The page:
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I’m working on new project tentatively titled, A Soldier in Armor Does not Bow: Classical Debates on War and Government Beyond Sun-Tzu.  Sunzi (Sun-Tzu) tends to overshadow the rest of the commentary on classic Chinese military theory. The translations are too many to count and just the famous ones include Giles, Griffith, Cleary and Sawyer. And this is before getting into various
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A great feeling in my research is when I read something that supports the analysis I’ve previously done. This has happened in the matter of preemptive warfare, insurgency and the misuse of words. I'm doing a project on the Battle of Hastings and wrote this analysis: The rear guard action possibly suggests that Harold had gained some loyal support among his followers. Though it’s also
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IISH / Stefan R. Landsberger / Private Collection; Recruiting poster from the 1970s. It is the cover of my book and I like how it shows a different facet of Chinese history than dragons or Western stereotypes.  I’ve got many exciting non Book of Mormon news to share. I published a piece about supposedly new technology revolutions in two different places. Both Real Clear Defense and The
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I’ve been trying to go through the entire thing, but I haven’t made it through yet. I have found some great material that reinforces what I’ve said about insurgency before and provides insights into the Book of Mormon generally. Amminaus Marcellinus was a late Roman historian that provides valuable insight and as Hugh Nibley said, when we come to expect an outrageous collection of
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I found and then wrote something on facebook that would be useful if posted in a more lasting setting with sources. I never engaged that much with Runnels because he repeats criticisms (badly), that have been refuted elsewhere.  My personal interactions with him, while brief, were incredibly negative and make him seem odious.  Finally, as I say and show in my response below, he just doesn’t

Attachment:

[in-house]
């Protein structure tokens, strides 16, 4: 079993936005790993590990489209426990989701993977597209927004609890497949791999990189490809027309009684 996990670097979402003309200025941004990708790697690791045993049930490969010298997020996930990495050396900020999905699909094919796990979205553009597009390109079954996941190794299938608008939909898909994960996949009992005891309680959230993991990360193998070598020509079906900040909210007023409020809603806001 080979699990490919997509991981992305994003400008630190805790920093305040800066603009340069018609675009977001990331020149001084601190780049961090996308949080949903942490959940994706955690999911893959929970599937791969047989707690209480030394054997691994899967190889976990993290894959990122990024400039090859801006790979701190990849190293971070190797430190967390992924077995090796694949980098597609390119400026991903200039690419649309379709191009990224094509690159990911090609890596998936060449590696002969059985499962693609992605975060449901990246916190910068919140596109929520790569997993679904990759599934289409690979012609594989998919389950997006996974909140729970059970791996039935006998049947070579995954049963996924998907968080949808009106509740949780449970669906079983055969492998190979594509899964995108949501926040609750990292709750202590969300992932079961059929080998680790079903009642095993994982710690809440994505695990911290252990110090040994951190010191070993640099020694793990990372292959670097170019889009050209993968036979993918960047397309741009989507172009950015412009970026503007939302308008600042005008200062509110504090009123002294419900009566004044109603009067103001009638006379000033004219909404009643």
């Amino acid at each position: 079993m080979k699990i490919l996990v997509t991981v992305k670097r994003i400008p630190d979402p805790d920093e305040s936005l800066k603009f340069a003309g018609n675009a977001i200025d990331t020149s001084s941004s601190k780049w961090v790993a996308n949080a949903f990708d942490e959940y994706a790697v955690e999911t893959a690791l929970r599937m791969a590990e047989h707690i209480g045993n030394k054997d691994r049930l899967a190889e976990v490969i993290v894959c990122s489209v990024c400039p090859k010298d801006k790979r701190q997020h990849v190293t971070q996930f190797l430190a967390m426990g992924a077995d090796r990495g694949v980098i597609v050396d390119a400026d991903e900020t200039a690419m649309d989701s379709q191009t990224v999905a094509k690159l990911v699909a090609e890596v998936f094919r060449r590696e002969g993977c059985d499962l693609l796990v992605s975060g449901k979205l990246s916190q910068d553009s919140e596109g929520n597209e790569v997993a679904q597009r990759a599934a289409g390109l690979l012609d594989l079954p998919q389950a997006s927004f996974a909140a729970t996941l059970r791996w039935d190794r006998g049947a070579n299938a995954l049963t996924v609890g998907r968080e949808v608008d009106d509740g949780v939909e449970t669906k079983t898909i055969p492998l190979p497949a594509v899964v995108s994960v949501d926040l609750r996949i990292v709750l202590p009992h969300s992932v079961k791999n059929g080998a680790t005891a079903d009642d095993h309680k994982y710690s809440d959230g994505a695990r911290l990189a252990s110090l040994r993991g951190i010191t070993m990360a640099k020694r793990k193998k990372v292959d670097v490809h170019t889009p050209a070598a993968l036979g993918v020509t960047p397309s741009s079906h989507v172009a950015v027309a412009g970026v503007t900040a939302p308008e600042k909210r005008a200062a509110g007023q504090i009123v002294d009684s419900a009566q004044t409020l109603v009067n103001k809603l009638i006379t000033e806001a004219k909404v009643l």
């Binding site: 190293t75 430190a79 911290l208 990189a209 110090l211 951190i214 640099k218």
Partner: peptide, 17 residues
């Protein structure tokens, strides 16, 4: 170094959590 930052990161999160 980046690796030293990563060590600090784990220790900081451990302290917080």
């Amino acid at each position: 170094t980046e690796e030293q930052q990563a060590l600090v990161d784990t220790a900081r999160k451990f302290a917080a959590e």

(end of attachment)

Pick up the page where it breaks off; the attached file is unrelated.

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One of the slightest controversies in Book of Mormon studies includes the concept of making the text easier or harder. Readers at Deseret Book often see various scriptures “made easy,” while scholars enjoy what Richard Bushman called wrestling with important questions, or making things harder. The unique joy of the Maxwell Institute Study Edition of the Book of Mormon is that it assembles
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There was a recent debate in the comments section of the Desert News that I think deserves an entire follow up.  The article in question was about the importance of building the wall from an expert, Tim Ballard, fighting child sex trafficking. The comments section included a long debate about the efficacy of walls in the Book of Mormon. But they failed to note significant points that alter
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My readings into classical Chinese theory are going well. I haven’t posted about the project yet, but it takes advantage of dozens of translated and relatively easily available sources about warfare and statecraft from the Warring States period, but hasn’t been studied yet. For example, Xunzi is often called the Chinese Aristotle and has significant writings on warfare, but there are no
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I’m continuing my reading of classical Chinese military theory beyond Sun-Tzu. I have always been fascinated by the details included in Moroni 9, and now I read something that seems to represent the military leaders that Mormon condemned for starving widows.   In Moroni 9:16 it reads: And again, my son, there are many widows and their daughters who remain in Sherrizah; and that
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Greetings!  I’m hard at work on a new project that examines classical Chinese theory beyond Sun-Tzu. As a result I’m reading all sorts of interesting things. I’ll post about that project at a future date, but for now I wanted to post from an author that actually made the same arguments I did in favor of preemptive war. Little is known about Master Shi, and like most classical texts

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